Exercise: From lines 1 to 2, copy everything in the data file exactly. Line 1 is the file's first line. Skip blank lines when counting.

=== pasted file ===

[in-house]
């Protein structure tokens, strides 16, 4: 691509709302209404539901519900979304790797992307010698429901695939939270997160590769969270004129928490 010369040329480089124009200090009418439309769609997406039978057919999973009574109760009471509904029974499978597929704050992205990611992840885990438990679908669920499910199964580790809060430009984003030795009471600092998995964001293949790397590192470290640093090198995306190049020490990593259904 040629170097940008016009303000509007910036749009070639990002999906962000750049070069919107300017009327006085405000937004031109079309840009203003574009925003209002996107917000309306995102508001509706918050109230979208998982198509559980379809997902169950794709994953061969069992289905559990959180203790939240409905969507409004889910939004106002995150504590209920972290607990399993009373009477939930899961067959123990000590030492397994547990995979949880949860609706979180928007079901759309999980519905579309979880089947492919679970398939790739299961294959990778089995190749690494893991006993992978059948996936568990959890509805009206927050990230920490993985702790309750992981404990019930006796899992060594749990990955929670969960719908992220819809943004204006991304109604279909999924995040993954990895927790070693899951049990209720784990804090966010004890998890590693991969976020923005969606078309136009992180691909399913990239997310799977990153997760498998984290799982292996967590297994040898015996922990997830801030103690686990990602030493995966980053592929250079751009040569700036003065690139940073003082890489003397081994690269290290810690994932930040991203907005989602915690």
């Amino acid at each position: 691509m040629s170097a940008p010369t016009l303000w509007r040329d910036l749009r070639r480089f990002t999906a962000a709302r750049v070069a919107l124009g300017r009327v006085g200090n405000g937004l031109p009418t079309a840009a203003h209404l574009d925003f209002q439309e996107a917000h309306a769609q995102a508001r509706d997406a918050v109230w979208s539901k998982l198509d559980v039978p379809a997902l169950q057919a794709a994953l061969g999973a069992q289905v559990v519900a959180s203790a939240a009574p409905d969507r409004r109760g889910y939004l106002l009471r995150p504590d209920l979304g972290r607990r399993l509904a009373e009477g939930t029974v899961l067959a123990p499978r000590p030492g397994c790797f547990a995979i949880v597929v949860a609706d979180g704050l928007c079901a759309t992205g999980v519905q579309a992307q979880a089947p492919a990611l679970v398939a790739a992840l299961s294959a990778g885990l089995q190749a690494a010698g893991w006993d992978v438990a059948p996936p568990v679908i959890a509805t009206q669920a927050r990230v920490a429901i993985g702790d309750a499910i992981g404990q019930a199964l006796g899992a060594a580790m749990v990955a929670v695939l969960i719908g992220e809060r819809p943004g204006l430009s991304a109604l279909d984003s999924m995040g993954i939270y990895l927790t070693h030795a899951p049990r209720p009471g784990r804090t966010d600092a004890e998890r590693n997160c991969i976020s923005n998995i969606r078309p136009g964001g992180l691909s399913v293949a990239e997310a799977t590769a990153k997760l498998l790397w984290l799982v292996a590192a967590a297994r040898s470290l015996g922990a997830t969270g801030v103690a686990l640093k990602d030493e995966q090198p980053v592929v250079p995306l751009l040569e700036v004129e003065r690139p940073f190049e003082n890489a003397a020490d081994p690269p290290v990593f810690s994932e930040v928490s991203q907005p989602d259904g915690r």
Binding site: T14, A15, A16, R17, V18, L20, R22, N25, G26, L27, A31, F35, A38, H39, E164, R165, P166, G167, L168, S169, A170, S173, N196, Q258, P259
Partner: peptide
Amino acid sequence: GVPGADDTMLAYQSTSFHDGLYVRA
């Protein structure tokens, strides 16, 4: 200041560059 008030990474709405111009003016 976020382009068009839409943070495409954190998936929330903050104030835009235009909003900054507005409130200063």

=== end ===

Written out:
[in-house]
């Protein structure tokens, strides 16, 4: 691509709302209404539901519900979304790797992307010698429901695939939270997160590769969270004129928490 010369040329480089124009200090009418439309769609997406039978057919999973009574109760009471509904029974499978597929704050992205990611992840885990438990679908669920499910199964580790809060430009984003030795009471600092998995964001293949790397590192470290640093090198995306190049020490990593259904 040629170097940008016009303000509007910036749009070639990002999906962000750049070069919107300017009327006085405000937004031109079309840009203003574009925003209002996107917000309306995102508001509706918050109230979208998982198509559980379809997902169950794709994953061969069992289905559990959180203790939240409905969507409004889910939004106002995150504590209920972290607990399993009373009477939930899961067959123990000590030492397994547990995979949880949860609706979180928007079901759309999980519905579309979880089947492919679970398939790739299961294959990778089995190749690494893991006993992978059948996936568990959890509805009206927050990230920490993985702790309750992981404990019930006796899992060594749990990955929670969960719908992220819809943004204006991304109604279909999924995040993954990895927790070693899951049990209720784990804090966010004890998890590693991969976020923005969606078309136009992180691909399913990239997310799977990153997760498998984290799982292996967590297994040898015996922990997830801030103690686990990602030493995966980053592929250079751009040569700036003065690139940073003082890489003397081994690269290290810690994932930040991203907005989602915690």